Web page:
Hampden is a bit of a crap stadium.
Not exactly a great start to an argument designed to back up keeping it in use, is it?
But it’s true. For fans, the stand is too far away from the pitch. At concerts, the sound never quite seems to be right. Given the money spent and the experience and knowledge of what a good stadium looks like, the relatively recent refurbishment was a botched job.
It also suffers by comparison. Ibrox and Parkhead are better in terms of atmosphere, and certainly, Ibrox looks better. With both of them being in the same city, there’s an obvious question raised as to the need for a National Stadium that isn’t even that great. Why not just play the Scotland games throughout the country, as most nations do, and use the bigger stadiums for semi-finals and finals?
On the face of it, this all sounds fine. However, I’m going to argue that it’s a mistake for Scotland to let the lease run out and use other stadiums for the National games. It’s an argument based more upon emotion than anything else, but that’s often the case when it comes to football. At a time when Scottish football needs all the help it can get, decisions which seem simple need a bit more discussion.
The first reason is pretty much based on nostalgia. A lot of the noise around this debate comes from fans of Rangers and Celtic, who have been to Hampden so often it’s nigh-on a second home. The very fact sides of the stadium are described as Rangers or Celtic ends sums that up. It’s easy for us to be dismissive of the place. It’s also somewhat self-serving to suggest that international games should be played at Ibrox or Parkhead.
But there’s no doubt that some amazing memories have been formed there. Be it club or country, Hampden has been the setting for last-minute winners, great goals and shock results. In true Scotland fashion, it’s also a place of heartbreak and disappointment. As much as other stadiums have a better atmosphere, Hampden can still be excellent in that regard. Just ask anyone at the recent Scotland-England game when Griffiths scored that second free kick. Like anywhere in football, results and performances dictate just how much noise is made. The atmosphere at Hampden is more than good enough when Scotland are playing well. Smaller stadiums may suit some of the less exciting matches, but that’s still an option.
Linked to the nostalgia element is a second reason to renew the lease on Hampden. If the SFA decide not to use the stadium, Queen’s Park will be liable for a huge bill to fans who bought debenture seats. The oldest club in Scottish football would face extinction whilst other clubs benefit from the decision. Games being played at Ibrox or Parkhead would only anger most Scottish football fans who would see it as favouring the big clubs. Not only is it useful to have the neutral venue for cup games, it represents something that belongs to all of Scottish football. At a time when Scottish football is more fractured than ever, a symbol may be required. Putting Queen’s Park out of business would certainly not be that.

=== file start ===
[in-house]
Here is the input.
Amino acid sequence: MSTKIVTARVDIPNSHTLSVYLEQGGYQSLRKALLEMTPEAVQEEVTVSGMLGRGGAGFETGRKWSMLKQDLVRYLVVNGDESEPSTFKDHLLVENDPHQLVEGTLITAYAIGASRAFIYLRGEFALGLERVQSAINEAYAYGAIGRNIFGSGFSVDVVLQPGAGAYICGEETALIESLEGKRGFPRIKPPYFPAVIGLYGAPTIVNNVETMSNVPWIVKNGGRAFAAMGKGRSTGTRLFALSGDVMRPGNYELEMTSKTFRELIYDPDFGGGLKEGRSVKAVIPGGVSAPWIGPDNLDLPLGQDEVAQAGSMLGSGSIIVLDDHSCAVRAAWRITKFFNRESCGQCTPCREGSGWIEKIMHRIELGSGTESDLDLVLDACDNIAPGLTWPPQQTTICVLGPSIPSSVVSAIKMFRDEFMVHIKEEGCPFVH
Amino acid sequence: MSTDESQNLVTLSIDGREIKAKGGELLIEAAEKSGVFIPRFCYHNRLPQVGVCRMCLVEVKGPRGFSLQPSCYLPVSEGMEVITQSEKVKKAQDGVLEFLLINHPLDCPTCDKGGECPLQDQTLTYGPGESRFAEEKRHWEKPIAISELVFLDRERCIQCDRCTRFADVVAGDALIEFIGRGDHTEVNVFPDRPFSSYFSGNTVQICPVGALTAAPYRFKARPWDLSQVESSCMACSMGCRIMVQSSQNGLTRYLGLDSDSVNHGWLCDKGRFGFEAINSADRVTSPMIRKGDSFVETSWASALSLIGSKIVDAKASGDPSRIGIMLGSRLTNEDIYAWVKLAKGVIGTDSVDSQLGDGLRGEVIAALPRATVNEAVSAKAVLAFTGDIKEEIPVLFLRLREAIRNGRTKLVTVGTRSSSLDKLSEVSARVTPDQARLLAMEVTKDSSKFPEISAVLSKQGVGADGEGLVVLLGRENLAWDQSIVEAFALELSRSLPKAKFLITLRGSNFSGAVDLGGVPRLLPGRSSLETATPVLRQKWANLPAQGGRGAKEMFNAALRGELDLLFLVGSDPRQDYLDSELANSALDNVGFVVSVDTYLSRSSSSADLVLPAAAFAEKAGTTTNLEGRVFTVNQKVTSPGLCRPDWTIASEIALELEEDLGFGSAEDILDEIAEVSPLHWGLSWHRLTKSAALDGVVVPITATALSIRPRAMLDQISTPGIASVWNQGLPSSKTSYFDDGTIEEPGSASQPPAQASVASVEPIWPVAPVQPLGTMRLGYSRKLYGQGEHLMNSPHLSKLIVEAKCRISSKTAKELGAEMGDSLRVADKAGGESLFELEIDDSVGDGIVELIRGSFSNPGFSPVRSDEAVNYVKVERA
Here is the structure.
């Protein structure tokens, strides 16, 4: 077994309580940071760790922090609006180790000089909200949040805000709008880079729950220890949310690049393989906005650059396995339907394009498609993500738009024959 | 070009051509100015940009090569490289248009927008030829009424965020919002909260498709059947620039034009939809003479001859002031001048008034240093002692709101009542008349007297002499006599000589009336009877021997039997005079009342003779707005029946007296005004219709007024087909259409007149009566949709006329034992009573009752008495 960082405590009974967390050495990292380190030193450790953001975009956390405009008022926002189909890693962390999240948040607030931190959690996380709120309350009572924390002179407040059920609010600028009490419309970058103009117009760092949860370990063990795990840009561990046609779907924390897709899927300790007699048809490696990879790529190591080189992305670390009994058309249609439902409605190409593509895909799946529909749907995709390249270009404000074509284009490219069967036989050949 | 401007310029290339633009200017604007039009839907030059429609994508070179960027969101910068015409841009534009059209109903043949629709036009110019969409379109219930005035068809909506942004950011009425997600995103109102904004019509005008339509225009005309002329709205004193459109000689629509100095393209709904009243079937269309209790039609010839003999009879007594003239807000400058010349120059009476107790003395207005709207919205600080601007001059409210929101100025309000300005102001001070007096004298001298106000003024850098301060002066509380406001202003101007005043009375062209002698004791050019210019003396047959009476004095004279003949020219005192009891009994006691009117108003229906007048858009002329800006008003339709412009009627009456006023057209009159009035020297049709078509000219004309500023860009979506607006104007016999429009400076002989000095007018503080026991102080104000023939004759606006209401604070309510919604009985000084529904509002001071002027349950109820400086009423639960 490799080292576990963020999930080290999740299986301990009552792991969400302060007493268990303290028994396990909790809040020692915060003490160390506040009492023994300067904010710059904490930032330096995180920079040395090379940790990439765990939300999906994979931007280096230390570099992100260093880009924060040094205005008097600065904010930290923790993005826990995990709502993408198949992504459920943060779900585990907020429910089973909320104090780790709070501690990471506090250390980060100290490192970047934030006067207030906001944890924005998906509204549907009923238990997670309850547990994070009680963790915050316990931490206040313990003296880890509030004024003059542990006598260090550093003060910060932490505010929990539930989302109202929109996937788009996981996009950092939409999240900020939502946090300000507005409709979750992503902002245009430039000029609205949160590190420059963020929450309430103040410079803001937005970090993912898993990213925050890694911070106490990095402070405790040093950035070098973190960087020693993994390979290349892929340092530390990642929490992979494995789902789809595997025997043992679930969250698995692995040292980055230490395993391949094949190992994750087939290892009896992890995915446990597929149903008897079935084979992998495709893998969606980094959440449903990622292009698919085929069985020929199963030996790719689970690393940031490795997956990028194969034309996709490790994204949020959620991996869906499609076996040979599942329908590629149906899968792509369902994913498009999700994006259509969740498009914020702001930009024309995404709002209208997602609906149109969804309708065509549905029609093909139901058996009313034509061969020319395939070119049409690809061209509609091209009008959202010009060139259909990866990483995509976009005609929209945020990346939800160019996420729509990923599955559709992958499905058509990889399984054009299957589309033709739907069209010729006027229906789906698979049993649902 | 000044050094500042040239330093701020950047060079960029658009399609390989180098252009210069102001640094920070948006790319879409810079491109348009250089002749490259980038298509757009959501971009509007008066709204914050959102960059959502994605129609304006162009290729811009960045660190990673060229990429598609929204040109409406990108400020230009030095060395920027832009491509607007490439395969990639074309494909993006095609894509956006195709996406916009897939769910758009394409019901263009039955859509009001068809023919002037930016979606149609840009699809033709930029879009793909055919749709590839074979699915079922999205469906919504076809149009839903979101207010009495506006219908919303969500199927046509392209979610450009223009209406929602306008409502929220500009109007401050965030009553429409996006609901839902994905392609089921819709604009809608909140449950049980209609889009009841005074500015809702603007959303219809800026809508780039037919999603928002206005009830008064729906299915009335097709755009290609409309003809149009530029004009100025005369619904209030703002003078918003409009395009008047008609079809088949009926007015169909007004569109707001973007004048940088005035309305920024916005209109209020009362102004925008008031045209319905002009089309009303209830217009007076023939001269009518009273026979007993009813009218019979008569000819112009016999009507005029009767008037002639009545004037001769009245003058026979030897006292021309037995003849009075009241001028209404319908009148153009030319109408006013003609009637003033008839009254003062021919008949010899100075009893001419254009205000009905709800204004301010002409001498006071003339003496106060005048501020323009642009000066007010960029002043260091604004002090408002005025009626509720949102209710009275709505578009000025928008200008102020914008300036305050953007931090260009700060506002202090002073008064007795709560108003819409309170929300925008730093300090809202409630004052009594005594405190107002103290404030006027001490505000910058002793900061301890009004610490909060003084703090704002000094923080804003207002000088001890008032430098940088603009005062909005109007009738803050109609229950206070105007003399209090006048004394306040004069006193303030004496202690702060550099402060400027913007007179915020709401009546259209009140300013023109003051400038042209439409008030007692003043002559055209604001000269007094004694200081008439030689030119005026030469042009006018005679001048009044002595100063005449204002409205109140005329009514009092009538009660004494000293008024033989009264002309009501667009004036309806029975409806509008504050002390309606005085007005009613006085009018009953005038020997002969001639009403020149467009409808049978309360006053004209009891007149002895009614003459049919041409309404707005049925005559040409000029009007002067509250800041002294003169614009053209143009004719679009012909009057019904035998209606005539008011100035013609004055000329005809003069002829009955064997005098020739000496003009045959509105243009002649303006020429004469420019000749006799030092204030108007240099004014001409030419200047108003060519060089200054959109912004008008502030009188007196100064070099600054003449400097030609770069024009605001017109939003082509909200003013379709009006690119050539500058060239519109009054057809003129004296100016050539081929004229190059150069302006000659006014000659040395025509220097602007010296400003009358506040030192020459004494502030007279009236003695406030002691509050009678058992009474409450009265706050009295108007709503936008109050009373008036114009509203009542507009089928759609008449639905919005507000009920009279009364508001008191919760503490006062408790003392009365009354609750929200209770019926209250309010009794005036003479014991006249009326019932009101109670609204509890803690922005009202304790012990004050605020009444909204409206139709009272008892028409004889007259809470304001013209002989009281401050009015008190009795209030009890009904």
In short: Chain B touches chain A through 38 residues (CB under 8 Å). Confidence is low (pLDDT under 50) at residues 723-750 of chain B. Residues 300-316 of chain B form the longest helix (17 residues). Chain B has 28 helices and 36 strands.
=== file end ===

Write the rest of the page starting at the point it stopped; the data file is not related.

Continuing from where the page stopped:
I’ve heard suggestions that the stadium isn’t modern enough. Looking at some of the places Scotland play in on their travels, I’d suggest it’s not so bad. Also, there’s really no way Scottish football can complain about anything not being modern, given how far behind the times our football is in general. Let’s see a good, exciting team in the Scotland blue before we complain about a seemingly sub-standard stadium.
And the final reason is aspiration. Moving Scotland games to other grounds on a permanent basis would still see kids want to play for their country, but would take away a special element of it. In the shadow of Hampden is Toryglen Football Centre. Used by the SFA for coaching of various levels, it will be the place where many prospective players learn their craft. Being able to simply point across the road and tell a kid they’ll play there one day if they keep working hard has the potential to be motivating. A National Stadium gives players and clubs alike a chance to aim for something a little bit different from the norm.
Hampden could be a better stadium. It could be refurbished yet again to improve many elements. Public transport links need to be more accessible. But there’s not a stadium in Scotland that doesn’t have flaws in some way in comparison to others. Hampden represents so much about Scottish football that is good, and that is a rare thing. There’s an immeasurable amount of memories and nostalgia attached to the place. It represents aspiration and unity, in a way only a neutral stadium can in football. It might not be perfect, but doesn’t that just describe Scottish football anyway?